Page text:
The linked article figuratively twists a blade. I was recently involved in a civil case in which the police investigator avoided any evidence that might call the complainants credibility into question, or that might allow the accused to prove her innocence. Based on the article linked to below, that type of thinking and bias in not limited to the particular investigator, not to police, as opposed to prosecutors. If a technique or methodology can be used both to convict and to exonerate, on what basis may it be argued that is serves justice to inculpate, but not to exculpate?http://reason.com/blog/2016/10/26/familial-dna-has-led-to-the-capture-of-s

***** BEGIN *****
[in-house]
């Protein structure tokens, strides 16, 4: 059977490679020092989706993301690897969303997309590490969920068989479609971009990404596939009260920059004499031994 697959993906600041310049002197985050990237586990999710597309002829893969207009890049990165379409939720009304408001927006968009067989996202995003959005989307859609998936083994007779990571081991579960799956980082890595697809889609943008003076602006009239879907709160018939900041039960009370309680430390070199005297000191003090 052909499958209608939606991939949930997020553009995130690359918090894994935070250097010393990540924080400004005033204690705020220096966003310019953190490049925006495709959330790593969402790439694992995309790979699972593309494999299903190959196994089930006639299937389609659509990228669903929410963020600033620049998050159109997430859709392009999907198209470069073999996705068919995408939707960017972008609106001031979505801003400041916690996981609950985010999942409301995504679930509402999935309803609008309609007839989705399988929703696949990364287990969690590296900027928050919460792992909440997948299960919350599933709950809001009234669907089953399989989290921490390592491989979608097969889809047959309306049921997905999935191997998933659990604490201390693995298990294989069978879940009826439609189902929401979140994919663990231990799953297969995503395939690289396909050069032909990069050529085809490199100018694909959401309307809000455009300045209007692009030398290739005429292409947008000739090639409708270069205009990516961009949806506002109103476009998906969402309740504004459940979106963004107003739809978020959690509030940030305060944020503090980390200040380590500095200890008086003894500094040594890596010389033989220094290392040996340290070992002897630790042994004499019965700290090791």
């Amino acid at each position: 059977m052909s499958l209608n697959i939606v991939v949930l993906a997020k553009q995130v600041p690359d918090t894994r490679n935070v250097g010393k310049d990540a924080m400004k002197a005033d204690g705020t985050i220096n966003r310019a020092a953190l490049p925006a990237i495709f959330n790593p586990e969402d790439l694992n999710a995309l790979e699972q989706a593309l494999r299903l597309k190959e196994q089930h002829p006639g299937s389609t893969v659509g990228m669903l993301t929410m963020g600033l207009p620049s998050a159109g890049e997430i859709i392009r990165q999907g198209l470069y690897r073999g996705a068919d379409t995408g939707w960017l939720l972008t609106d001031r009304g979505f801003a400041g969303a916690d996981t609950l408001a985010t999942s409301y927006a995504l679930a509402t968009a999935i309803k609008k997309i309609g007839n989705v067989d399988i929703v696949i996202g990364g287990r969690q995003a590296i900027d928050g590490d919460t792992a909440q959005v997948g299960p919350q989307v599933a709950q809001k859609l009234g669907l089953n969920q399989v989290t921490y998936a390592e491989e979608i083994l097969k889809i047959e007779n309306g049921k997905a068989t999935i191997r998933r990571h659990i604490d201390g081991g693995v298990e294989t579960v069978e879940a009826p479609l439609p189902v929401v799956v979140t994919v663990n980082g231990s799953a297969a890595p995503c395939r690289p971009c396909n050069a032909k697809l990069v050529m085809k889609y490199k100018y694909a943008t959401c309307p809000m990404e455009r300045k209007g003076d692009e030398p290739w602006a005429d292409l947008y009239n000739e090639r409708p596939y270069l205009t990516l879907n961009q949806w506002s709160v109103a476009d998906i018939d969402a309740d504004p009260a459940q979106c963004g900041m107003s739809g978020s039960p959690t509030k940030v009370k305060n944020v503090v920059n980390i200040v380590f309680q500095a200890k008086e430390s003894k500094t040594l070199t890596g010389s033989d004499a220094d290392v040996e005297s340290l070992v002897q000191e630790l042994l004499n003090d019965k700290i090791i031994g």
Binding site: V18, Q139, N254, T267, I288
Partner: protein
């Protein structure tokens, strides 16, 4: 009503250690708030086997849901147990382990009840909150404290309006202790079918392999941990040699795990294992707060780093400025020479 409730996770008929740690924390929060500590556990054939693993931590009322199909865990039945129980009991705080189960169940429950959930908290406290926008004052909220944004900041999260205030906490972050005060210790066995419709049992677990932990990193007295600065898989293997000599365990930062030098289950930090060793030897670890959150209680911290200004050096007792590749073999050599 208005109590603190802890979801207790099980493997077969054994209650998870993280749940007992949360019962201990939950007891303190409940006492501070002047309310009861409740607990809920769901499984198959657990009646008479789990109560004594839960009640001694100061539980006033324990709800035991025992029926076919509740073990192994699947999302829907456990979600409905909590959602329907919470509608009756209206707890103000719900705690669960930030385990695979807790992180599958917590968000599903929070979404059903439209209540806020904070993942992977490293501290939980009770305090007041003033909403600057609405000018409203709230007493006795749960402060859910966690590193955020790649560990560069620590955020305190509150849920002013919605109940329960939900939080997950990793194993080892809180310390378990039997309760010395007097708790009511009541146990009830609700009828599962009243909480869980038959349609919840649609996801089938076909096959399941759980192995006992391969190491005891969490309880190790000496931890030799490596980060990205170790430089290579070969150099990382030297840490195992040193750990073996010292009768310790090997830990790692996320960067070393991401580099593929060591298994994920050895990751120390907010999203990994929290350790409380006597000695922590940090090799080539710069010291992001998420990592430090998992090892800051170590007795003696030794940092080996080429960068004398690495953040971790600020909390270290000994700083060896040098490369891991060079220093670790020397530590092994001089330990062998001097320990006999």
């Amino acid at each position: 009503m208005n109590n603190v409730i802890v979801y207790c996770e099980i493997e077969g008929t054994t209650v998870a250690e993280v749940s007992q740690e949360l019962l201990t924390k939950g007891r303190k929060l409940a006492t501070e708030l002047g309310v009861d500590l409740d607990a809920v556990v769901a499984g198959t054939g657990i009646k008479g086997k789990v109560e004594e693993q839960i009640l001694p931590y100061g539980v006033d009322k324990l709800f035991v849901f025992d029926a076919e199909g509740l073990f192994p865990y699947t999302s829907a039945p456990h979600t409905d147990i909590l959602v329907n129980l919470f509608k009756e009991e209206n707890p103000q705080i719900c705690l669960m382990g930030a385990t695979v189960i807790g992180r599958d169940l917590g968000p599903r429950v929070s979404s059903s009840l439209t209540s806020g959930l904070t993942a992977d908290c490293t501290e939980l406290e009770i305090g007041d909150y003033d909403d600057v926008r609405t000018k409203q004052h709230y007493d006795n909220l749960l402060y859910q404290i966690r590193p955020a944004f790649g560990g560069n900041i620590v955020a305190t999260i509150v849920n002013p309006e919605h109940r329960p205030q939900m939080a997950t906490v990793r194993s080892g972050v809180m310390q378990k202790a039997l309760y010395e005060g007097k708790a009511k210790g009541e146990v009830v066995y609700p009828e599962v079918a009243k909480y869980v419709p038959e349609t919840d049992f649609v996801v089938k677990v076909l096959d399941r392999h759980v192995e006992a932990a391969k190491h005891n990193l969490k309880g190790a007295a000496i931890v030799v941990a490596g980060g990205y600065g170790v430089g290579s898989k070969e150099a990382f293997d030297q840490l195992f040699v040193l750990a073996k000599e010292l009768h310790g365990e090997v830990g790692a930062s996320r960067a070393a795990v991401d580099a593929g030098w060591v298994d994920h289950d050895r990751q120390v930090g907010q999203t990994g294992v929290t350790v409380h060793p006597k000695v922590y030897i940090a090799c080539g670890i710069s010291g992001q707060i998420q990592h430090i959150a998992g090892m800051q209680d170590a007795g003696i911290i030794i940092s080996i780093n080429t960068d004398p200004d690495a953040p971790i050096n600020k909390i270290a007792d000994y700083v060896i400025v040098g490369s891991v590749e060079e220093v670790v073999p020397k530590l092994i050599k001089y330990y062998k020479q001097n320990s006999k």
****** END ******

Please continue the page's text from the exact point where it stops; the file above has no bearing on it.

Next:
The author of this article makes the case that lies have a legitimate place in politics, but lying more often is merely an expedient tool for coping with an ignorant and/or intellectually lazy public that, too often, prefers reassuring lies to the truth.